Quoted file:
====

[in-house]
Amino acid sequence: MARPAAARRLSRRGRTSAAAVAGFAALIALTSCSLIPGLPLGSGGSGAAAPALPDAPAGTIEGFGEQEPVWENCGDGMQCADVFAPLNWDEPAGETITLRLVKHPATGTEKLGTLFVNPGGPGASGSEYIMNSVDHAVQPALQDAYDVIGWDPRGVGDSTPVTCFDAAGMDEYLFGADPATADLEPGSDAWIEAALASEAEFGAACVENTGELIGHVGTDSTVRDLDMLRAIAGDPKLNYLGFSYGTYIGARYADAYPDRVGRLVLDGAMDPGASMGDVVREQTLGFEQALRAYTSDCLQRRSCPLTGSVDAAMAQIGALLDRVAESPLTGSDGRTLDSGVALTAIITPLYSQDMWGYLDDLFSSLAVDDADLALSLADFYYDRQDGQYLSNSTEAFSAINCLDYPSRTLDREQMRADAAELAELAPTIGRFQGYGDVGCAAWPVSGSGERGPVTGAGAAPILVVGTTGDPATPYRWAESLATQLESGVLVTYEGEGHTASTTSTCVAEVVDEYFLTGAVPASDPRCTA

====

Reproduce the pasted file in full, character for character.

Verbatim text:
[in-house]
Amino acid sequence: MARPAAARRLSRRGRTSAAAVAGFAALIALTSCSLIPGLPLGSGGSGAAAPALPDAPAGTIEGFGEQEPVWENCGDGMQCADVFAPLNWDEPAGETITLRLVKHPATGTEKLGTLFVNPGGPGASGSEYIMNSVDHAVQPALQDAYDVIGWDPRGVGDSTPVTCFDAAGMDEYLFGADPATADLEPGSDAWIEAALASEAEFGAACVENTGELIGHVGTDSTVRDLDMLRAIAGDPKLNYLGFSYGTYIGARYADAYPDRVGRLVLDGAMDPGASMGDVVREQTLGFEQALRAYTSDCLQRRSCPLTGSVDAAMAQIGALLDRVAESPLTGSDGRTLDSGVALTAIITPLYSQDMWGYLDDLFSSLAVDDADLALSLADFYYDRQDGQYLSNSTEAFSAINCLDYPSRTLDREQMRADAAELAELAPTIGRFQGYGDVGCAAWPVSGSGERGPVTGAGAAPILVVGTTGDPATPYRWAESLATQLESGVLVTYEGEGHTASTTSTCVAEVVDEYFLTGAVPASDPRCTA